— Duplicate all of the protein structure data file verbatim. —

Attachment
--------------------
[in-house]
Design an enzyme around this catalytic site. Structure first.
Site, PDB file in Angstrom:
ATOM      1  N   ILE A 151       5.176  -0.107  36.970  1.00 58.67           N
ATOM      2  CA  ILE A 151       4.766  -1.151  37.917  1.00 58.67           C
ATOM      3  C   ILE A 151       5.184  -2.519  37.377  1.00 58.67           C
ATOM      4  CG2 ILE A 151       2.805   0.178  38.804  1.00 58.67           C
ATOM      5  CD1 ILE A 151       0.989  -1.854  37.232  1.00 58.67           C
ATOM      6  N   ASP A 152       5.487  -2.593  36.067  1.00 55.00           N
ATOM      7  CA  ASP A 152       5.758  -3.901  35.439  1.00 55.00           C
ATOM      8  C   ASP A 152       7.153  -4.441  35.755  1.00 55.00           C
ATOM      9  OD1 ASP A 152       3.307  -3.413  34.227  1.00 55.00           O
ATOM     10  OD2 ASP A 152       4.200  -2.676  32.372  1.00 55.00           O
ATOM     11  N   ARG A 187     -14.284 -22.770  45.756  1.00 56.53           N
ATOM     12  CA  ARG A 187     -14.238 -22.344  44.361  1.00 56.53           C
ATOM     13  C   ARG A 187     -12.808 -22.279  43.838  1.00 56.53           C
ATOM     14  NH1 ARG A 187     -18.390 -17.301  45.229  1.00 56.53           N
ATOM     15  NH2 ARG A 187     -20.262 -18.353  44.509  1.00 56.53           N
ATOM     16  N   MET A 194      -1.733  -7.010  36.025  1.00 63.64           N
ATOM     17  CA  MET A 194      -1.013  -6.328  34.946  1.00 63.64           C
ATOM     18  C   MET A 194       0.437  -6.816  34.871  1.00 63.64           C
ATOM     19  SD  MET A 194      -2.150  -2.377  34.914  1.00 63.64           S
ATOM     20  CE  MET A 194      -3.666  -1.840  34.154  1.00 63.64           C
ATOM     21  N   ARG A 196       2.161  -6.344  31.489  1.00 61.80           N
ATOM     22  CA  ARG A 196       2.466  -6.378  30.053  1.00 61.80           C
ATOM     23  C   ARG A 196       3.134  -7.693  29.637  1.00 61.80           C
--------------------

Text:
[in-house]
Design an enzyme around this catalytic site. Structure first.
Site, PDB file in Angstrom:
ATOM      1  N   ILE A 151       5.176  -0.107  36.970  1.00 58.67           N
ATOM      2  CA  ILE A 151       4.766  -1.151  37.917  1.00 58.67           C
ATOM      3  C   ILE A 151       5.184  -2.519  37.377  1.00 58.67           C
ATOM      4  CG2 ILE A 151       2.805   0.178  38.804  1.00 58.67           C
ATOM      5  CD1 ILE A 151       0.989  -1.854  37.232  1.00 58.67           C
ATOM      6  N   ASP A 152       5.487  -2.593  36.067  1.00 55.00           N
ATOM      7  CA  ASP A 152       5.758  -3.901  35.439  1.00 55.00           C
ATOM      8  C   ASP A 152       7.153  -4.441  35.755  1.00 55.00           C
ATOM      9  OD1 ASP A 152       3.307  -3.413  34.227  1.00 55.00           O
ATOM     10  OD2 ASP A 152       4.200  -2.676  32.372  1.00 55.00           O
ATOM     11  N   ARG A 187     -14.284 -22.770  45.756  1.00 56.53           N
ATOM     12  CA  ARG A 187     -14.238 -22.344  44.361  1.00 56.53           C
ATOM     13  C   ARG A 187     -12.808 -22.279  43.838  1.00 56.53           C
ATOM     14  NH1 ARG A 187     -18.390 -17.301  45.229  1.00 56.53           N
ATOM     15  NH2 ARG A 187     -20.262 -18.353  44.509  1.00 56.53           N
ATOM     16  N   MET A 194      -1.733  -7.010  36.025  1.00 63.64           N
ATOM     17  CA  MET A 194      -1.013  -6.328  34.946  1.00 63.64           C
ATOM     18  C   MET A 194       0.437  -6.816  34.871  1.00 63.64           C
ATOM     19  SD  MET A 194      -2.150  -2.377  34.914  1.00 63.64           S
ATOM     20  CE  MET A 194      -3.666  -1.840  34.154  1.00 63.64           C
ATOM     21  N   ARG A 196       2.161  -6.344  31.489  1.00 61.80           N
ATOM     22  CA  ARG A 196       2.466  -6.378  30.053  1.00 61.80           C
ATOM     23  C   ARG A 196       3.134  -7.693  29.637  1.00 61.80           C